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Issue No. 179 23 May 2003  

The Game’s Up
Research into executive pay commissioned by the NSW Labor Council makes explicit what most of us have suspected for some time: the multi-million packages are a rolled gold rort.


Interview: Staying Alive
CPSU national secretary Adrian O'Connell talks about the fight to keep the public service - and the union movement - alive.

Bad Boss: The Ultimate Piss Off
Wollongong workers on poverty-level wages are losing up to $5000 for taking toilet breaks, according to the union representing staff at a Stellar call centre.

Industrial: Last Drinks
Jim Marr looks at the human cost of the decision to close Sydney’s Carlton United Brewery

National Focus: Around the States
If Tampa told us that John Howard circa 2003 is the same spotted rabid dog from 1987, this week’s assault on Medicare confirms it reports Noel Hester in this national round up.

Politics: Radical Surgery
Workers are vitally interested in Medicare, not least because they traded away wage rises to get it. Now, Jim Marr writes, the Coalition Government is tearing apart the 20-year-old social contract on which it was founded.

Education: The Price of Missing Out
University students and their families will pay more for their education following the May Budget, writes Tony Brown.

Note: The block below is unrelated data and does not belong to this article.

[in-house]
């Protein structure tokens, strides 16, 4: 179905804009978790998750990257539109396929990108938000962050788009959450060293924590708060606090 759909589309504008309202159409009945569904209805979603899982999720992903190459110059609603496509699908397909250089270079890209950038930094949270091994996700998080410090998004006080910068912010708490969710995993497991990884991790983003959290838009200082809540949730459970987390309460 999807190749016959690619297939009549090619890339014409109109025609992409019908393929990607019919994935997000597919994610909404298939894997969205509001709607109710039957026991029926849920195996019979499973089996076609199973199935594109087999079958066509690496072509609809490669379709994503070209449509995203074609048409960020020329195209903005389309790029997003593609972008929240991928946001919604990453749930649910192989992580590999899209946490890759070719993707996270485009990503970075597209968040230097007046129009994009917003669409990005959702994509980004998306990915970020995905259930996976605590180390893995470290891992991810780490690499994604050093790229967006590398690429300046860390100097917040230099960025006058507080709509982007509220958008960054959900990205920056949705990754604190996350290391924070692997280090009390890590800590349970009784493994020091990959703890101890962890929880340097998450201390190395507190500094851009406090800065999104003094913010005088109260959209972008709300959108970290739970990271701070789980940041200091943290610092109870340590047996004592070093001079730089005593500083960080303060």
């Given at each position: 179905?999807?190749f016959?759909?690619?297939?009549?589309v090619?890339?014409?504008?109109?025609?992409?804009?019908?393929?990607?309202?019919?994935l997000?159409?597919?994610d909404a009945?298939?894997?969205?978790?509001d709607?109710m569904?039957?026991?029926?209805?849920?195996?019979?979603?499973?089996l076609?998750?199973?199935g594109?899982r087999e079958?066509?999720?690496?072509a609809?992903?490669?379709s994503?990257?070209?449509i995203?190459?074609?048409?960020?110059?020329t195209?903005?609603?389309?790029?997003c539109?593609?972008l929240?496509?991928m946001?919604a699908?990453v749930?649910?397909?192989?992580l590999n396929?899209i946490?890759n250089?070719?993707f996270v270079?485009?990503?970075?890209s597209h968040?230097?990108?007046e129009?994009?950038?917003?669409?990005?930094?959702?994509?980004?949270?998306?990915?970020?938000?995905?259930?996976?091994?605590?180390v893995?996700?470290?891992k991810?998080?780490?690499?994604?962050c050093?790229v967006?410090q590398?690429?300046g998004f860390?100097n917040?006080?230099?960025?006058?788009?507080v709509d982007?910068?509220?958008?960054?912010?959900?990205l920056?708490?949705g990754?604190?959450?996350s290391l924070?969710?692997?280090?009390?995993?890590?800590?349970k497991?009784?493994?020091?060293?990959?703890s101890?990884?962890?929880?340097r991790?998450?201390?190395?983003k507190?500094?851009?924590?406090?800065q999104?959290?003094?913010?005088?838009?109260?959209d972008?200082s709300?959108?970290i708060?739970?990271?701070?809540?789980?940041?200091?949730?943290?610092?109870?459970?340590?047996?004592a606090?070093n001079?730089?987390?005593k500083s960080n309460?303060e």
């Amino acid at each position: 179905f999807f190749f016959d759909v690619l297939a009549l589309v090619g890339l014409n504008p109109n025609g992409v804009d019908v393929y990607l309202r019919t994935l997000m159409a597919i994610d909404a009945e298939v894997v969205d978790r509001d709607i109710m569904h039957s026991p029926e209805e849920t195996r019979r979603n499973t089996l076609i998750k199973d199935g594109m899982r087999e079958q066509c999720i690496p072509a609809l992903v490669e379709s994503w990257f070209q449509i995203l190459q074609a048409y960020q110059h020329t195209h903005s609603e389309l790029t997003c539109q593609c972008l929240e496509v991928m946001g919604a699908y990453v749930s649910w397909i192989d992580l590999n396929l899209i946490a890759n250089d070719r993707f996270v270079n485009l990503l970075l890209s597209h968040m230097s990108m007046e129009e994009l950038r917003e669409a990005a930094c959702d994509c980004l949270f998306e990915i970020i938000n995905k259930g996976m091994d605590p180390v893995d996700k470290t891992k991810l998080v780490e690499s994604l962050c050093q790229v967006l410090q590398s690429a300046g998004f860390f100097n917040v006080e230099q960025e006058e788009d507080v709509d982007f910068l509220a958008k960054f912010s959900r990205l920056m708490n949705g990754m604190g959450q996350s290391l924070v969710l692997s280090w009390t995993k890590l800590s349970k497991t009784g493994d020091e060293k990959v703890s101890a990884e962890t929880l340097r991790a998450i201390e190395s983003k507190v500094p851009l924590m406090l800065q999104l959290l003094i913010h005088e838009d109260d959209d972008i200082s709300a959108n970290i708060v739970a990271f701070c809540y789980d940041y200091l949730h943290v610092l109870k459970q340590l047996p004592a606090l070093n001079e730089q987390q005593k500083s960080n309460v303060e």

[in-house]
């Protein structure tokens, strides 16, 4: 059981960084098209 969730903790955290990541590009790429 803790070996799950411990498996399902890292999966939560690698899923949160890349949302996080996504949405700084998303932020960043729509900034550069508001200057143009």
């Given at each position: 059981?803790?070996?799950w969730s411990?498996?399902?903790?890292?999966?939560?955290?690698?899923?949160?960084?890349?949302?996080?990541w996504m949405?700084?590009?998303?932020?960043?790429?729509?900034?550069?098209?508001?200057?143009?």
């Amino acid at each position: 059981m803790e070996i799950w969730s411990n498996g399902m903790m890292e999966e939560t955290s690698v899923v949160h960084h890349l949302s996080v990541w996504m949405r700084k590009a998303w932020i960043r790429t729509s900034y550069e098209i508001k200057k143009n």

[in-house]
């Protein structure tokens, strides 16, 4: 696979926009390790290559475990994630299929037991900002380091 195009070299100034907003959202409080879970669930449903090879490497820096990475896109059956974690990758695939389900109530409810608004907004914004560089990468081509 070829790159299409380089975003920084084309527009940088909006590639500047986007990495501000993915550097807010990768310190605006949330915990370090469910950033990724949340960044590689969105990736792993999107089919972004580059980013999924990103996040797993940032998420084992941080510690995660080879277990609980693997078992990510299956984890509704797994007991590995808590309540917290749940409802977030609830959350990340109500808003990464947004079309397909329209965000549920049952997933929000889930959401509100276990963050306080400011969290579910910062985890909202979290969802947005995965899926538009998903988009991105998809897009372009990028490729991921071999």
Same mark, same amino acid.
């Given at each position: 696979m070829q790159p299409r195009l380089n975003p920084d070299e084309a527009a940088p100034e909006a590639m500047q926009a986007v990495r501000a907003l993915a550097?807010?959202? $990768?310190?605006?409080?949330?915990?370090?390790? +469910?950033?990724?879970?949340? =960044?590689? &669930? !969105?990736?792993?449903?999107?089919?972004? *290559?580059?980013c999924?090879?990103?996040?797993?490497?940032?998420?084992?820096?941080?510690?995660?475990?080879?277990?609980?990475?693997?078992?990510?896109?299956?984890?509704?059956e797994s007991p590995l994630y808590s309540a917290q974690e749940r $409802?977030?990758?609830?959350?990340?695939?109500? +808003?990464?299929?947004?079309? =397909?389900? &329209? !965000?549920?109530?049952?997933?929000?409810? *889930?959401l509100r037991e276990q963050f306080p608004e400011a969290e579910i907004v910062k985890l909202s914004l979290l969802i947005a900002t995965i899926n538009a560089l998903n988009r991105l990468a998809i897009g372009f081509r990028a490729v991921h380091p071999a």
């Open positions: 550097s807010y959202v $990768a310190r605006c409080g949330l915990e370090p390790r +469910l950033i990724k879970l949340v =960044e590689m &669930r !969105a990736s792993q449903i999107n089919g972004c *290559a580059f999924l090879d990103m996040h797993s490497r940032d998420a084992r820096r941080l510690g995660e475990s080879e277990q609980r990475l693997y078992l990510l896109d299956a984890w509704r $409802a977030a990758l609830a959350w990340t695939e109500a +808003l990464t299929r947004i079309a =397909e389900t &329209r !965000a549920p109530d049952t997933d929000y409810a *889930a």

Legal: If At First You Don't Succeed
Love is wonderful the second time around, goes the famous torch song. But is the same true for legislation? Asks Ashley Crossland

History: Massive Attack
Labour historian Dr Lucy Taksa remembers the general strike of 1917 to put the recent anti-war marches into perspective

Culture: What's Right
Neale Towart looks at a new book that looks at the failings of the Left, while reasserting the liberal project

Review: If He Should Fall
Jim Marr caught Irish folk-rock-punk legend Shane MacGowan at Sydney’s Metro Theatre. He was surprised but not disappointed.

Poetry: If I Were a Rich Man
Through a distortion in the time-space continuum, we have found a recording showing how people a few years into the future will deal with health care.

Satire: IMF Ensures Iraq Institutes Market Based Looting
The International Monetary Fund (IMF) has agreed to monitor the Iraqi economy to ensure that the reintroduction of looting into the economy conforms with free-market theory.


 War Declared on Mega Salaries

 Poms Prick Golden Parachute

 Picket Breaks Abbott

 Abbott: Unions are Winning

 Hotel Silences Poverty Witness

 We’ve Lost A Lion

 Nurses Refuse to be Shelved

 Boss Picks Porters’ Pockets

 Left, Right Meet at Sea

 ACTU Prescribes Pan Medicine

 Tycoon Tuned Out

 MUA Clout in Wollongong Punch-Up

 Pusey Roams Dark Side

 Activists Notebook


The Soapbox
What May Day Means to Me
Reader Marlene McAlear penned this tribue to May Day and worker solidarity.

The Toast
Labor Council secretary John Robertson's toast to the annual May Day dinner in Sydney.

The Locker Room
The Numbers Game
In life there is lies, damned lies and sporting statistics, says Phil Doyle - but who’s counting.

Brukman Evicted
ZNet's Marie Trigona reports from the streets of Argentina in the rundown to last week's presidential election.

The Costs of Excess
Some tall business poppies had their heads lopped this week as the laws of economic gravity applied their always chaotic theory.

 Hard Copy
 Bad Language
 Modern Management Theory
 Tom's Revival
 Off the Rails
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We’ve Lost A Lion

The irony that CPSU National President Matthew Reynolds died the same week he was re-elected - and his ACT government members finally got their long-awaited pay rise – would have, no doubt, appealed to his own mischievous sense of humour.